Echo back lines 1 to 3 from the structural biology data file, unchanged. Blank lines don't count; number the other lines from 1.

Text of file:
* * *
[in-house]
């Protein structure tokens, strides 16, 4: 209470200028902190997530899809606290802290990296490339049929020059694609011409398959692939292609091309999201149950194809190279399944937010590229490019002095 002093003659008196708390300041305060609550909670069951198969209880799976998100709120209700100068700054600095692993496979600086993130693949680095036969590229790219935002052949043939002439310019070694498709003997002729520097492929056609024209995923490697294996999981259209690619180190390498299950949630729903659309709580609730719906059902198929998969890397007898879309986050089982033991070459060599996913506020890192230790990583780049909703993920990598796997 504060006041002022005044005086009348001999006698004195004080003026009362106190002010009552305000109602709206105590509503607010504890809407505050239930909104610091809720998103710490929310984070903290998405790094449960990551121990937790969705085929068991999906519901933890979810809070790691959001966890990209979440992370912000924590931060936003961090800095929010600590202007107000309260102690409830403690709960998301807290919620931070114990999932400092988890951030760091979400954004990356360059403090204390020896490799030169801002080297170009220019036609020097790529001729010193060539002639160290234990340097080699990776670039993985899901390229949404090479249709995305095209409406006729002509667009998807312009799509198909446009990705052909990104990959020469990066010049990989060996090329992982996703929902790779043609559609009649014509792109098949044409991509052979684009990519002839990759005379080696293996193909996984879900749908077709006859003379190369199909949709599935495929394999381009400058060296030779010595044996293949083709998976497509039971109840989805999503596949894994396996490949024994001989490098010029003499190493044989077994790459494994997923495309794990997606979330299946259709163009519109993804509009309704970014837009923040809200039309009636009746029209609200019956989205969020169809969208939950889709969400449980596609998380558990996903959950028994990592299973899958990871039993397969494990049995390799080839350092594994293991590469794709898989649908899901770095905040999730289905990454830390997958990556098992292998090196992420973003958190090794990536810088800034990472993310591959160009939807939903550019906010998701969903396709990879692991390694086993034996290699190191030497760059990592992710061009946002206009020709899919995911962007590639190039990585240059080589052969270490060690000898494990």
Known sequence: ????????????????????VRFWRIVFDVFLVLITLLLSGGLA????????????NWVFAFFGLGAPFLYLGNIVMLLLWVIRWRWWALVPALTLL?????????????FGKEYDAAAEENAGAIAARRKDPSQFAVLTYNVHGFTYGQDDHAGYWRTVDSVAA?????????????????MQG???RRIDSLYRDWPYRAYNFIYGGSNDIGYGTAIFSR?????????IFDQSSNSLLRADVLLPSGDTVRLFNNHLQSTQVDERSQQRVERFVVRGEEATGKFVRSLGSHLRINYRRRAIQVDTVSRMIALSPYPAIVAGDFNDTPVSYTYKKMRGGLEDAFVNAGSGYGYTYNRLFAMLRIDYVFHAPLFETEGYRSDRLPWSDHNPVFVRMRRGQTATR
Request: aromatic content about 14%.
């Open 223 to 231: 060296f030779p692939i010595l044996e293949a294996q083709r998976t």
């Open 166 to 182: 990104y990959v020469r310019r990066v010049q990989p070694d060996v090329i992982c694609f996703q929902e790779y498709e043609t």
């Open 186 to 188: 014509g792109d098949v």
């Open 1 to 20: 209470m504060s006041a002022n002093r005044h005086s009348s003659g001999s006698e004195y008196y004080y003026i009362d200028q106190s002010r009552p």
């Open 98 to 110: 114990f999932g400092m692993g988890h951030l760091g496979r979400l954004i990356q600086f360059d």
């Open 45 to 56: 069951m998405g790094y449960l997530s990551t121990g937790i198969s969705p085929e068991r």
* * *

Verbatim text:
[in-house]
């Protein structure tokens, strides 16, 4: 209470200028902190997530899809606290802290990296490339049929020059694609011409398959692939292609091309999201149950194809190279399944937010590229490019002095 002093003659008196708390300041305060609550909670069951198969209880799976998100709120209700100068700054600095692993496979600086993130693949680095036969590229790219935002052949043939002439310019070694498709003997002729520097492929056609024209995923490697294996999981259209690619180190390498299950949630729903659309709580609730719906059902198929998969890397007898879309986050089982033991070459060599996913506020890192230790990583780049909703993920990598796997 504060006041002022005044005086009348001999006698004195004080003026009362106190002010009552305000109602709206105590509503607010504890809407505050239930909104610091809720998103710490929310984070903290998405790094449960990551121990937790969705085929068991999906519901933890979810809070790691959001966890990209979440992370912000924590931060936003961090800095929010600590202007107000309260102690409830403690709960998301807290919620931070114990999932400092988890951030760091979400954004990356360059403090204390020896490799030169801002080297170009220019036609020097790529001729010193060539002639160290234990340097080699990776670039993985899901390229949404090479249709995305095209409406006729002509667009998807312009799509198909446009990705052909990104990959020469990066010049990989060996090329992982996703929902790779043609559609009649014509792109098949044409991509052979684009990519002839990759005379080696293996193909996984879900749908077709006859003379190369199909949709599935495929394999381009400058060296030779010595044996293949083709998976497509039971109840989805999503596949894994396996490949024994001989490098010029003499190493044989077994790459494994997923495309794990997606979330299946259709163009519109993804509009309704970014837009923040809200039309009636009746029209609200019956989205969020169809969208939950889709969400449980596609998380558990996903959950028994990592299973899958990871039993397969494990049995390799080839350092594994293991590469794709898989649908899901770095905040999730289905990454830390997958990556098992292998090196992420973003958190090794990536810088800034990472993310591959160009939807939903550019906010998701969903396709990879692991390694086993034996290699190191030497760059990592992710061009946002206009020709899919995911962007590639190039990585240059080589052969270490060690000898494990």
Known sequence: ????????????????????VRFWRIVFDVFLVLITLLLSGGLA????????????NWVFAFFGLGAPFLYLGNIVMLLLWVIRWRWWALVPALTLL?????????????FGKEYDAAAEENAGAIAARRKDPSQFAVLTYNVHGFTYGQDDHAGYWRTVDSVAA?????????????????MQG???RRIDSLYRDWPYRAYNFIYGGSNDIGYGTAIFSR?????????IFDQSSNSLLRADVLLPSGDTVRLFNNHLQSTQVDERSQQRVERFVVRGEEATGKFVRSLGSHLRINYRRRAIQVDTVSRMIALSPYPAIVAGDFNDTPVSYTYKKMRGGLEDAFVNAGSGYGYTYNRLFAMLRIDYVFHAPLFETEGYRSDRLPWSDHNPVFVRMRRGQTATR